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TOPICS ON MECHANICS & ELECTRICITY

Basic topics on mechanics, electricity and magnetism for students .

COMBUSTION

Combustion is the chemical union of a combustible substance with oxygen, resulting in the production of heat. The substances used to produce heat by their combustion in the air are called fuels. They are either carbon or compounds of carbon.

The process of combustion results in the transformation of fuel into carbon dioxide, water, and so on, by reactions with atmospheric oxygen, heat being evolved during the oxidation.

Fuels may be divided into solid, liquid and gaseous. Solid and liquid fuels are frequently transformed into gaseous state for convenience in use. Indeed, the modern tendency is to employ gaseous fuels whenever it is possible because of the cheaper cost of transport and greater flexibility of application.

SOLID FUELS

Solid fuels cover the different kinds of wood, peat, vegetable refuse, coal, charcoal and so on.

Wood has low calorific value. It is still in demand in those parts of the world where its cost is not great. Wood is the raw material for the production of charcoal.

Charcoal, which is not only used for fuel but also in some mechanic, artistic and chemical processes, is obtained by burning firewood.

It is very porous and can absorb big quantities of gases as well as solid and liquid bodies. It is used in refining sugar to remove the brown colouring matter and in filters to purify water.

Coal is a natural product consisting essentially of carbon. It is black or blackish, hard and opaque. It is formed by the decay of vegetable matter and solidified by great pressure. Peat is the first stage in this transformation; then brown coal or lignite which preserves its ligneous structure; then ordinary house coal or bituminous coal, and finally, anthracite which has a large proportion of carbon, but it is not easy to ignite.

Coke, which is a valuable fuel, is the solid left when the volatile parts are distilled from coal. It contains more than 50 % of carbon and it is largely used in the manufacture of iron and other metals, also for cooking and other purposes. It is hard, porous and gray and burns with an intense heat giving no smoke.-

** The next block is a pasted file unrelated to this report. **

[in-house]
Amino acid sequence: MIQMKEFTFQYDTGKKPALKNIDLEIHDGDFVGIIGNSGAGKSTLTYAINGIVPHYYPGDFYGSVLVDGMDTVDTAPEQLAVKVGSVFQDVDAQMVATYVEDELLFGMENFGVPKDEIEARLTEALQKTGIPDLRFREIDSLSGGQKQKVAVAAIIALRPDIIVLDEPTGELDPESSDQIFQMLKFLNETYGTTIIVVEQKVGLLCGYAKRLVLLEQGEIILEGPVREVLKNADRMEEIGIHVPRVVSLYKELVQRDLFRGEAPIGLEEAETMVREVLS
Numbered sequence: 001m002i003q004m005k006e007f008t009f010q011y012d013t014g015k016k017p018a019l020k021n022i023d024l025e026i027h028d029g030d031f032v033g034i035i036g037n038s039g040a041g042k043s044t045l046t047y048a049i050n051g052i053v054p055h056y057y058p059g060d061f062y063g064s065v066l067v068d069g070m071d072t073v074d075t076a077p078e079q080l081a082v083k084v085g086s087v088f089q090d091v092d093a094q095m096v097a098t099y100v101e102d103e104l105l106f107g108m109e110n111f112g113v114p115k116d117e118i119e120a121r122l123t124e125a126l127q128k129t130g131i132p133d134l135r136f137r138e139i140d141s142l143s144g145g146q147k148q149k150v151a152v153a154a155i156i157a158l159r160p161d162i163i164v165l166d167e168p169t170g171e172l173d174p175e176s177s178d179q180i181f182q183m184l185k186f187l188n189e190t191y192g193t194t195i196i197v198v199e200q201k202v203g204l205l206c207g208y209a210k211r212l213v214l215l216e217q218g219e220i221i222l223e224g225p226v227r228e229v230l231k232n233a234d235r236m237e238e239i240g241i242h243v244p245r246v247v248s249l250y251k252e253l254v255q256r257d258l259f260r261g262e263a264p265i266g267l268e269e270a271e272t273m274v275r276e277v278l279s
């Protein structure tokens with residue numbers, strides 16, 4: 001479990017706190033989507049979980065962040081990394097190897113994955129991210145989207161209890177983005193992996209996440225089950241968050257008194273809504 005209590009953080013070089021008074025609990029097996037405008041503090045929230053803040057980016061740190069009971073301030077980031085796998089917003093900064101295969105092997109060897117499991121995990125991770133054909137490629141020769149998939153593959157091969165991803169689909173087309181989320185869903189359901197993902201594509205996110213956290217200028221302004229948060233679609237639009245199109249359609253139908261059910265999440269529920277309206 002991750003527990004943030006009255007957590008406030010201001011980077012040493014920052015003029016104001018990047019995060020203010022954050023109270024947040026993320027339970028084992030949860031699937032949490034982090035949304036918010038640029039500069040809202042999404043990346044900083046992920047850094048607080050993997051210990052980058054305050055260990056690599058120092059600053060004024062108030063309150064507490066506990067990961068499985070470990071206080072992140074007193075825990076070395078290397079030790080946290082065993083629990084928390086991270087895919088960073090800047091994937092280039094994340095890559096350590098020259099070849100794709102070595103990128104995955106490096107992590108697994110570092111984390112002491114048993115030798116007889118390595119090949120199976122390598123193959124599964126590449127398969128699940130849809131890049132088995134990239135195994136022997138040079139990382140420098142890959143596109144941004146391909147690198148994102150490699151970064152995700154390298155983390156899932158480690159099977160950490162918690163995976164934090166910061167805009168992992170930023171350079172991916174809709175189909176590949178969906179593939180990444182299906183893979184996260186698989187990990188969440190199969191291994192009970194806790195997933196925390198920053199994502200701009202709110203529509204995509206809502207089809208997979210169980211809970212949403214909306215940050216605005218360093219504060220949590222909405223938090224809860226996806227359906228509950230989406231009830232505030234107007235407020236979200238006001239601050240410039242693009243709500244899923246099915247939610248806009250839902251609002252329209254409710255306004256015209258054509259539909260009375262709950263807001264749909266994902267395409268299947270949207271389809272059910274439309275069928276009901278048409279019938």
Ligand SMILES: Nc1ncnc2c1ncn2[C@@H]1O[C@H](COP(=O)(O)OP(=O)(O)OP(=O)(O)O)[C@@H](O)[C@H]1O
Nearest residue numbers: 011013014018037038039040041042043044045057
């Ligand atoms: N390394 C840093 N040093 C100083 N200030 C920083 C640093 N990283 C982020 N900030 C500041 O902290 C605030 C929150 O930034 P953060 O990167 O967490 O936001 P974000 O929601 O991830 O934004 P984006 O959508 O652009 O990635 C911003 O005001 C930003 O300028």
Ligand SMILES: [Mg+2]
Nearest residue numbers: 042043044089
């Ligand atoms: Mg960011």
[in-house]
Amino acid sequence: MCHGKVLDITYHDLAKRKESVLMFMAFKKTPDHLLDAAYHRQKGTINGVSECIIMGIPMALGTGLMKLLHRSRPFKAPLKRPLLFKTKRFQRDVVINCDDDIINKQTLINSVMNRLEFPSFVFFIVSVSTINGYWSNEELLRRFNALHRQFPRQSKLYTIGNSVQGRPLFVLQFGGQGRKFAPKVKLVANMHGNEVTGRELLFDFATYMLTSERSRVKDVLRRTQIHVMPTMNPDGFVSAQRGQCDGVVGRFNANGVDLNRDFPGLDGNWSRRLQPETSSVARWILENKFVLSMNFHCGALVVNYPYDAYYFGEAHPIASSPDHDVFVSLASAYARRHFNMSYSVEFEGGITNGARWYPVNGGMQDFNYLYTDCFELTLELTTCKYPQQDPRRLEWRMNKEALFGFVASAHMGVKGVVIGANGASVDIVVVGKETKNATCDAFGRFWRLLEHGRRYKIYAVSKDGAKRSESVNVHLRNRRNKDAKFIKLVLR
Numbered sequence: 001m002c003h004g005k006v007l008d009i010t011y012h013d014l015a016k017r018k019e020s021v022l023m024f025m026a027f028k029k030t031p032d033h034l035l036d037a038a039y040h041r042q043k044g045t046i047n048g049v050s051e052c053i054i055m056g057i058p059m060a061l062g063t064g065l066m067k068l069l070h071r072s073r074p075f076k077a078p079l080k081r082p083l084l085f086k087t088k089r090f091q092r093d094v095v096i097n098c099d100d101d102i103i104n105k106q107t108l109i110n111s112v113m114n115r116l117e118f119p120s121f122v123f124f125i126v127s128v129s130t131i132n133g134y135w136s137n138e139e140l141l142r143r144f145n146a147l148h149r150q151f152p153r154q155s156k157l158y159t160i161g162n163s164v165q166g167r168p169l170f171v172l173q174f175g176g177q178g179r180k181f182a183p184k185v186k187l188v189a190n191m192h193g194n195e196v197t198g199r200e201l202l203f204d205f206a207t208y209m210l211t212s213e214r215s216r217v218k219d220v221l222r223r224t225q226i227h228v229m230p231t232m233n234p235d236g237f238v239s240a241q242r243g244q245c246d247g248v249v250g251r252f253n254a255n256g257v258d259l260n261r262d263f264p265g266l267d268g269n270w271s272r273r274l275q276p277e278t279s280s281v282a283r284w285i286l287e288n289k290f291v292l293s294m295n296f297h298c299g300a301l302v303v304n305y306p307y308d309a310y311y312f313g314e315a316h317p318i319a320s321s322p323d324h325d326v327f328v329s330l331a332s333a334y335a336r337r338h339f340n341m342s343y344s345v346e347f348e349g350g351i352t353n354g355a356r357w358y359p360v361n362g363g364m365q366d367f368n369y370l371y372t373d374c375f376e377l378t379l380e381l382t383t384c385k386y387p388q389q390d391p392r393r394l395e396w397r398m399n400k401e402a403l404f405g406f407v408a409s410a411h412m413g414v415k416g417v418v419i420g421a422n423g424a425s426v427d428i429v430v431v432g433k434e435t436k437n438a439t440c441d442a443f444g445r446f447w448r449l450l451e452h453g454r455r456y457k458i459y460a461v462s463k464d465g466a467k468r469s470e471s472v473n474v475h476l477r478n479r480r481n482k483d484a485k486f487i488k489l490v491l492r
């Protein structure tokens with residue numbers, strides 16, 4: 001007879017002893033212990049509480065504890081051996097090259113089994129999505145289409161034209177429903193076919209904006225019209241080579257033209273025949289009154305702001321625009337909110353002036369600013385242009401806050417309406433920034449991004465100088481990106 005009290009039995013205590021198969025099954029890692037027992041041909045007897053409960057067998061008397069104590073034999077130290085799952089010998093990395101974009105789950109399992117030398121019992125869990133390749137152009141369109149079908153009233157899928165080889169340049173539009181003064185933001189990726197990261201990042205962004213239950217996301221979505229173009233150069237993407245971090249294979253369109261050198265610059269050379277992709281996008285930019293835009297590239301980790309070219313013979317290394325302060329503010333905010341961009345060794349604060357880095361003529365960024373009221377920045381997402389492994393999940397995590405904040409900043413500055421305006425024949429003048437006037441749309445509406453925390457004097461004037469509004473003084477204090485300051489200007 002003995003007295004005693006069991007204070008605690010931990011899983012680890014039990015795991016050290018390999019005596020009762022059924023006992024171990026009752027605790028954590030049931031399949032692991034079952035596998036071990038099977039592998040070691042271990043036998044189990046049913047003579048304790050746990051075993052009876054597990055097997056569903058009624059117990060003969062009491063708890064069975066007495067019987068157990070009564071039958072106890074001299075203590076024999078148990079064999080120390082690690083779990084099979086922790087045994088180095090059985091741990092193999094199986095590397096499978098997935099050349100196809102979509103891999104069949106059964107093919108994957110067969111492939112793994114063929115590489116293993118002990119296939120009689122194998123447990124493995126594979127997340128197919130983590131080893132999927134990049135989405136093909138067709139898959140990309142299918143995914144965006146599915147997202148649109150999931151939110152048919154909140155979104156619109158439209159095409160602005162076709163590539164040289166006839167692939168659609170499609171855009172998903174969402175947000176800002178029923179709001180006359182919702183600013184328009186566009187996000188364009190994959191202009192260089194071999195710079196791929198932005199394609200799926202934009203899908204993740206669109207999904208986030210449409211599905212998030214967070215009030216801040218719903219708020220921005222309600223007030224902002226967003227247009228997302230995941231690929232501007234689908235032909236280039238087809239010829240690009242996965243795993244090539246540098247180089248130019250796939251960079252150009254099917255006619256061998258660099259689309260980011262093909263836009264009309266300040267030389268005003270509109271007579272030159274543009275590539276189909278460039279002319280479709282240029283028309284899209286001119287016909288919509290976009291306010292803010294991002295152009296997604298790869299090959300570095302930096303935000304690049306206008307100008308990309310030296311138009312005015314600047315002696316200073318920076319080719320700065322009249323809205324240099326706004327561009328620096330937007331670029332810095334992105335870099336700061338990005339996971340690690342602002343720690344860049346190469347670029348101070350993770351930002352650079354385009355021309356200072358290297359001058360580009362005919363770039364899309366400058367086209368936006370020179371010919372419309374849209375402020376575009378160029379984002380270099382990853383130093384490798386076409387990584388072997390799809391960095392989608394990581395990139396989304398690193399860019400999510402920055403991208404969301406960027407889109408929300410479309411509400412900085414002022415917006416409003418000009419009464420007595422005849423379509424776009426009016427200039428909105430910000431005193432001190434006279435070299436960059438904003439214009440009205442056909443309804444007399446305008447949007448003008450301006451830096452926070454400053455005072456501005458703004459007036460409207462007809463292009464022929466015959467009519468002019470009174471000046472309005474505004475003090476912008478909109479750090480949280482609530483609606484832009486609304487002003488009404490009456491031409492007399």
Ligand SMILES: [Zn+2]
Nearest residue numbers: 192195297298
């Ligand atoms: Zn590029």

LIQUID FUELS

Most of the liquid fuels are called hydrocarbon oils because they are distilled from petroleum which contains hydrogen and carbon.

Mineral oils are obtained by the distillation of coal or in a natural form in oil fields.

At first petroleum undergoes a general refining process called the separation into groups in which the more volatile parts of it, like gasoline and kerosene, are separated from the heavy oils, such as fuel oil, diesel oil, paraffin, etc.

Gasoline, a volatile distillate of crude petroleum, is a refined inflammable fuel that can be easily atomized to form an explosive mixture. When the heat in the refining retort gets to a temperature about 37° C to 100° C, the product obtained is termed kerosene, formerly called illuminating oil as it was used for lighting. Another name for this substance is paraffin oil.

From 100° C on the heavy oils obtained are known with different names according with their degree of density, viscosity and flashing point.

Gas oil and fuel oil are used in heavy oil engines, while a special oil called Diesel oil is employed in Diesel motors.

Alcohol is made by the distillation of vegetable matter such as corn, Indian corn, potatoes, beetroot, wood and by the fermentation of sugar.

Natalite and Discol are the trade names for two new fuels made of alcohol mixed with other substances. Who knows what scientists will invent or discover in the field of fuels...